Court of Appeals:
Important AI Coverage Decision

On June 6, 2017, the Court of Appeals in New York held that when an insurance policy states that additional insured coverage applies to bodily injury “caused, in whole or in part” by the “acts or omissions” of the named insured, the coverage applies to injury “proximately caused by the named insured.” , (N.Y. June 6, 2017) The Court’s majority (one dissent) rejected the argument that an additional insured obligation is owed under this language when the named insured is without fault. In so holding, the Court concluded that the Appellate Division “erroneously interpreted” the applicable policy language to extend coverage for injury only causally linked to the named insured [“but for” causation] yet “wrongly concluded that an additional insured may collect for an injury caused solely by its own negligence, even where the named insured bears no legal fault for the underlying harm.” In rejecting the concept that “caused, in whole or in part” equals “but for” causation, the Court of Appeals further reversed the First Department’s conclusion that the phrases “arising out of” and “caused by” do not “materially differ.” In so doing, the Court of Appeals continues to place the words of the insurance practice. The Burlington decision dealt with coverage issues concerning a project in which New York City Transit Authority (“NYCTA”) contracted with Breaking Solutions, Inc. (“BSI”) to provide equipment and personnel and for BSI to perform excavation work on a New York City subway tunnel. BSI placed CGL insurance with Burlington with an additional insured endorsement covering NYCTA, MTA, and the City as additional insureds “. . . only with respect to liability...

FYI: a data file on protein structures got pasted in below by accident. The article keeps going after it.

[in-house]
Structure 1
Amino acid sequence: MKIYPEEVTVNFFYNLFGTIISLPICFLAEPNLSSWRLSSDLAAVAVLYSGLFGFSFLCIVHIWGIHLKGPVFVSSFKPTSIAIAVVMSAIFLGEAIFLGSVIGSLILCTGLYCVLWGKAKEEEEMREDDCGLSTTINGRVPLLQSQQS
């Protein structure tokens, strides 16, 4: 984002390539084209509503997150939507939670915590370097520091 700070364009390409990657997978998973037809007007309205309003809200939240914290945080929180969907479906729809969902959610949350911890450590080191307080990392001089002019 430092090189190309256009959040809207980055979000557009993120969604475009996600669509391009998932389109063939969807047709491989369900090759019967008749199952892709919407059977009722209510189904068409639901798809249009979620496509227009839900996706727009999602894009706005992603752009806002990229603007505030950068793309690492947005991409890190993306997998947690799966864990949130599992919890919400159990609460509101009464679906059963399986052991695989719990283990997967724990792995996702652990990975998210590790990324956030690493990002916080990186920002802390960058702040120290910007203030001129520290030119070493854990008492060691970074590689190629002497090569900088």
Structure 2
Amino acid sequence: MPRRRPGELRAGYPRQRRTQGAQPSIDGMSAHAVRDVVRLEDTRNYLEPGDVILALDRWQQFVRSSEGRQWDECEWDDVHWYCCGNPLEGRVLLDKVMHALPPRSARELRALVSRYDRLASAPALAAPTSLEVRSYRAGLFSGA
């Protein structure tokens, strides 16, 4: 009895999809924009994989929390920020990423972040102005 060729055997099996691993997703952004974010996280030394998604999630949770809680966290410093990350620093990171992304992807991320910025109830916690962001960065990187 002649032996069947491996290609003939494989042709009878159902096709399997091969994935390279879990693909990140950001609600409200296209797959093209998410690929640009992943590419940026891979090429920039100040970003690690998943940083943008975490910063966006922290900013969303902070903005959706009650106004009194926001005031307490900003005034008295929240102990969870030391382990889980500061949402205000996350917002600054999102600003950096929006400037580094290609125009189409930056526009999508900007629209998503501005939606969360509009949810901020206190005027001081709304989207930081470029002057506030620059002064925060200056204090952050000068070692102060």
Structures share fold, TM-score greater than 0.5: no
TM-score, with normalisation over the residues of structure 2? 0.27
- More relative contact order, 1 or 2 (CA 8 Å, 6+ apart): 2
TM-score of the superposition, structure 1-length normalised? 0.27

Culpability and Spoliation:
FRCP Rule 37(E) and New York Law

Culpability is often a central issue in spoliation claims.   In Sarach v M & T Bank Corp., 2016 NY Slip Op 04820 [4th Dept June 17, 2016], a recent Fourth Department case, the Court found that defendant’s violation of a CPLR 3102(c) Order for pre-action disclosure, wherein the defendant promised to preserve surveillance footage, amounted to a “willful failure to disclose.” The Fourth Department, however, disagreed with the lower court that the appropriate sanction was dismissal of the culpable party’s pleadings.  Finding instead that the aggrieved plaintiff was not “prejudicially bereft” of the means to prosecute his action, the Court held that an adverse inference sanction was most appropriate. The dissent in Sarach is noteworthy for its reliance on Pegasus Aviation I, Inc. v Varig Logistica S.A., 26 N.Y.3d 543  [2015] , arguing that the majority failed to follow the Court of Appeals’ approach to  (i) making a finding of spoliation, and (ii) selecting the appropriate sanction. While the dissent agreed that defendant had a duty to preserve the surveillance footage under the first prong of Pegasus[1], it found that the surveillance footage was negligently (not willfully) destroyed under normal business practices.   Instead of an adverse inference charge, the dissent opted for a lesser preclusion sanction that would have prevented the spoliating party from introducing evidence of the video’s content at trial. The dissent’s view that “an adverse inference charge should not be given when…the sole basis for the imposition of a penalty is negligent conduct” is in line with the recently amended Federal Rule 37.  It further raises an important point of divergence between federal and state law....
Automobile

Automobile